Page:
The cases involve 27 of the UK’s top 2,100 businesses and are defined as cases involving more than £50,000 in tax or where prosecution is possible. The figures are based on a HMRC disclosure, according to international law firm Pinsent Masons.
However, as Jason Collins, partner at Pinsent Masons, explains, being under investigation for serious tax evasion is not the same as serious tax evasion actually taking place.
“Our view is that no board and no head of tax would allow even the hint of tax evasion at their company,” Collins said.
“But without proper controls, there is always the risk of a member of staff going rogue,” he added.
Collins said there had been an assumption that tax avoidance had been “all but stamped out” and that the last decade has seen a decrease in the number of companies accused of enabling tax evasion, However, he also said the Criminal Finances Act 2017 could create issues.
“Many businesses are still in the process of rolling out new procedures to comply with the Criminal Finances Act and, in doing so, irregularities could be uncovered.”
“[Businesses] will need to ensure they have robust prevention procedures in place, particularly with regards to their supply chains,” Collins suggested.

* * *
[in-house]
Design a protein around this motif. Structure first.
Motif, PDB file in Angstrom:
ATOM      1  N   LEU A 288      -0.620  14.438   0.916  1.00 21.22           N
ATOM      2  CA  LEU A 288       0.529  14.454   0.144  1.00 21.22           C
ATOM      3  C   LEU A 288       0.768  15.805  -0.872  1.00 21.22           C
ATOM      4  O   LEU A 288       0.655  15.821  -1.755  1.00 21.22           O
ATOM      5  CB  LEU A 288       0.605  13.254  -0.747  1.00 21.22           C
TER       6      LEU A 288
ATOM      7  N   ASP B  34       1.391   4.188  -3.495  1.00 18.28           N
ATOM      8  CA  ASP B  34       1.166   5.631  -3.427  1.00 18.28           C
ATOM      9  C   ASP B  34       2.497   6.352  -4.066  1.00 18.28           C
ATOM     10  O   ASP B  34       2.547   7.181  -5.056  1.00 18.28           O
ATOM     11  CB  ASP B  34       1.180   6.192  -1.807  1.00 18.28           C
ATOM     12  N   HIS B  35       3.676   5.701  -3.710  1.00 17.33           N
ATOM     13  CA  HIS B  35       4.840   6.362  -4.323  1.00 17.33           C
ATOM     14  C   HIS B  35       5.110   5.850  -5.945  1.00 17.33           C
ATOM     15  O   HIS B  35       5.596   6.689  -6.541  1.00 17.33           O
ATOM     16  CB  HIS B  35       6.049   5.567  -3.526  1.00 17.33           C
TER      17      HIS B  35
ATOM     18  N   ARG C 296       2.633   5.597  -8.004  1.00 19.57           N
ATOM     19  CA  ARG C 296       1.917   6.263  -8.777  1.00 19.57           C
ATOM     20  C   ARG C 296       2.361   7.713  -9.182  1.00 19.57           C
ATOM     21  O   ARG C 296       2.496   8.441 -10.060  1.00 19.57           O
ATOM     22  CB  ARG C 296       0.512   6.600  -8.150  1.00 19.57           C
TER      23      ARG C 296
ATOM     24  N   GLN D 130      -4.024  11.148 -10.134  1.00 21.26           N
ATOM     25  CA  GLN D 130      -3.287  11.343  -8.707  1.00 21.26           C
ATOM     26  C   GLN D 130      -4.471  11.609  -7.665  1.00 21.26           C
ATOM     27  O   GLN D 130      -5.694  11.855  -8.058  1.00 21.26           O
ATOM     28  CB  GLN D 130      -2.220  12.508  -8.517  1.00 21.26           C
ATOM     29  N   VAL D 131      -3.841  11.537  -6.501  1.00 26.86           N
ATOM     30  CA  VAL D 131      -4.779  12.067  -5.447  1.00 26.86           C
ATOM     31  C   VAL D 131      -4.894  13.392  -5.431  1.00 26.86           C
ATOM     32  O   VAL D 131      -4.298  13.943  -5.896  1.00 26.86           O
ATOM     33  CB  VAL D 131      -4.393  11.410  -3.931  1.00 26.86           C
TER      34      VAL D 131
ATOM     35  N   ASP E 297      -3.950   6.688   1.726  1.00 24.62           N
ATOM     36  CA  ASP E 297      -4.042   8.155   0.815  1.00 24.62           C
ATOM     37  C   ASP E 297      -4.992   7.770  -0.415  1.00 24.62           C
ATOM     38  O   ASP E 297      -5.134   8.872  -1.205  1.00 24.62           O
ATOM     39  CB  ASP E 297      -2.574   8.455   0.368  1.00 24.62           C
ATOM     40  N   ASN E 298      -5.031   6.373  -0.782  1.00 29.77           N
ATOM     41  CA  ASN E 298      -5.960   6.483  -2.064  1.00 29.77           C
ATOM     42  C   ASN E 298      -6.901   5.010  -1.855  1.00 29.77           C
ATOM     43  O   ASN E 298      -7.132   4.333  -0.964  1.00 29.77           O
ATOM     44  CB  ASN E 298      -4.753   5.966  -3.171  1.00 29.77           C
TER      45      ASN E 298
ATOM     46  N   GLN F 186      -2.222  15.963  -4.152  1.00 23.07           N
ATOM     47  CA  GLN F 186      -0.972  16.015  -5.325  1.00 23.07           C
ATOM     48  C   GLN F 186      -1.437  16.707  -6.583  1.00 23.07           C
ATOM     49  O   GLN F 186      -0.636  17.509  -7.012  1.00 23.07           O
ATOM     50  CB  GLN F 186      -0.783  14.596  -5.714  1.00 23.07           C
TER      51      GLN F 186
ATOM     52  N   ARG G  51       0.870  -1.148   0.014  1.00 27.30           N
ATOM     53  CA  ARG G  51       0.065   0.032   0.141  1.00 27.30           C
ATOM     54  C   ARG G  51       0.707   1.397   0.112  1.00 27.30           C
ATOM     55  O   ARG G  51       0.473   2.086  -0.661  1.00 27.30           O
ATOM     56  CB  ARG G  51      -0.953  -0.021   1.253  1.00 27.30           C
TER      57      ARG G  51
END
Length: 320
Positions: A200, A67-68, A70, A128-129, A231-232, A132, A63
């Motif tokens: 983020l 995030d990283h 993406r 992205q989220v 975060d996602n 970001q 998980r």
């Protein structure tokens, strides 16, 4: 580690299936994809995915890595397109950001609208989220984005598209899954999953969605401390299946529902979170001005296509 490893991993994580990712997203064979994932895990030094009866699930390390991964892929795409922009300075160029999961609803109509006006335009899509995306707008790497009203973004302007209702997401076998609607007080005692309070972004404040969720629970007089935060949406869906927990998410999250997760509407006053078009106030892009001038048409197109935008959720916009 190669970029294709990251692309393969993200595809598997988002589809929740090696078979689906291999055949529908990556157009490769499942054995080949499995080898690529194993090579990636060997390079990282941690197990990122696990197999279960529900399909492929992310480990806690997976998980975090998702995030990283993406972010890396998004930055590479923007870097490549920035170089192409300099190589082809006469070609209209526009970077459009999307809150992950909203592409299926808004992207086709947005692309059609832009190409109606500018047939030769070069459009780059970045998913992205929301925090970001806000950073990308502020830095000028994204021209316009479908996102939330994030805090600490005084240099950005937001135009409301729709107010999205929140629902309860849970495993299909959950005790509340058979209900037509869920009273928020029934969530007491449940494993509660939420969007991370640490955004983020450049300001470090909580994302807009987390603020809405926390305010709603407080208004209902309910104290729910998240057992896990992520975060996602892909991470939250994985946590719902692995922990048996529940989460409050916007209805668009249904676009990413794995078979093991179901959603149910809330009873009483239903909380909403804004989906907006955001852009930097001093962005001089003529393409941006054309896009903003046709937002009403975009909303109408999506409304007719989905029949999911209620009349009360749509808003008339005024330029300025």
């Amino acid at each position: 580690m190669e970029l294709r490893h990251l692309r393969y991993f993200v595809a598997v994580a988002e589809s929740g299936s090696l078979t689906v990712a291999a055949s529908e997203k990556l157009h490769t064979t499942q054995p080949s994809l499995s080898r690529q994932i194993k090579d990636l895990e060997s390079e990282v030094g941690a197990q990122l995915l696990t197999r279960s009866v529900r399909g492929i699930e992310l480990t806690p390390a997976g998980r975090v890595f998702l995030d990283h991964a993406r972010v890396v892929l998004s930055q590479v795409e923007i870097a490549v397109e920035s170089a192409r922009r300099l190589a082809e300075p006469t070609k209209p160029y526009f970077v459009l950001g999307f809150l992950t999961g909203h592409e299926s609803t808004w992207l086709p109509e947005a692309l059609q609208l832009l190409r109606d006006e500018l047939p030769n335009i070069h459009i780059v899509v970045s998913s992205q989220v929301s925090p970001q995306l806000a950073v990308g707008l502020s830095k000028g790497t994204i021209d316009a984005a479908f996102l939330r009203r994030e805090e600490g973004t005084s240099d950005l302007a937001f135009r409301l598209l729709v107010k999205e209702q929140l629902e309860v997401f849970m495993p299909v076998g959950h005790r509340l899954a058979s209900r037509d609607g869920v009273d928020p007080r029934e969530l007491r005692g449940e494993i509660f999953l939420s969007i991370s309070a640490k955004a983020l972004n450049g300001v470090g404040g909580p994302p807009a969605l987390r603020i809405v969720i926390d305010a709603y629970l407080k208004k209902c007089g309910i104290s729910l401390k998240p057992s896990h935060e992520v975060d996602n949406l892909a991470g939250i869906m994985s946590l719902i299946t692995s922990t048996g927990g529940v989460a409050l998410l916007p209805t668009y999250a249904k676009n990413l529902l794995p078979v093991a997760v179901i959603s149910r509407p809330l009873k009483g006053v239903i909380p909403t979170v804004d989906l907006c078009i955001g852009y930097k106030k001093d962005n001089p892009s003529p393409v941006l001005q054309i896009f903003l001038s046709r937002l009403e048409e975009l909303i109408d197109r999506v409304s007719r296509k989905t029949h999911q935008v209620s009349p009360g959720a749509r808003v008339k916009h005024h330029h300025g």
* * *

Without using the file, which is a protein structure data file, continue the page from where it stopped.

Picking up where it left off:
The firm added that recent evasion cases involving UK and European companies have mostly involved the financial services and professional services sectors.
However the research also found a 24% jump in referrals for investigations into serious tax evasion by individual taxpayers or small businesses, up to 3,204 cases last year (compared to 2,586 the previous year). Meanwhile investigations into wealthy individuals and mid-sized business have largely remained flat.
“With increased global information sharing among tax authorities, HMRC has access to even more taxpayer data to crack down on any suspected tax evasion,” said Collins, referring to the roll-out of the Common reporting Standard.
In October last year, HMRC introduced this new criminal offence targeting individuals who have income or gains outside of the UK and evade UK income or capital gains tax.
This followed the Criminal Finance Act 2017, which gave HMRC greater tools to prosecute facilitation of tax evasion by corporates by making them liable for employees, agents or those providing services.
HRMC has been contacted for comment.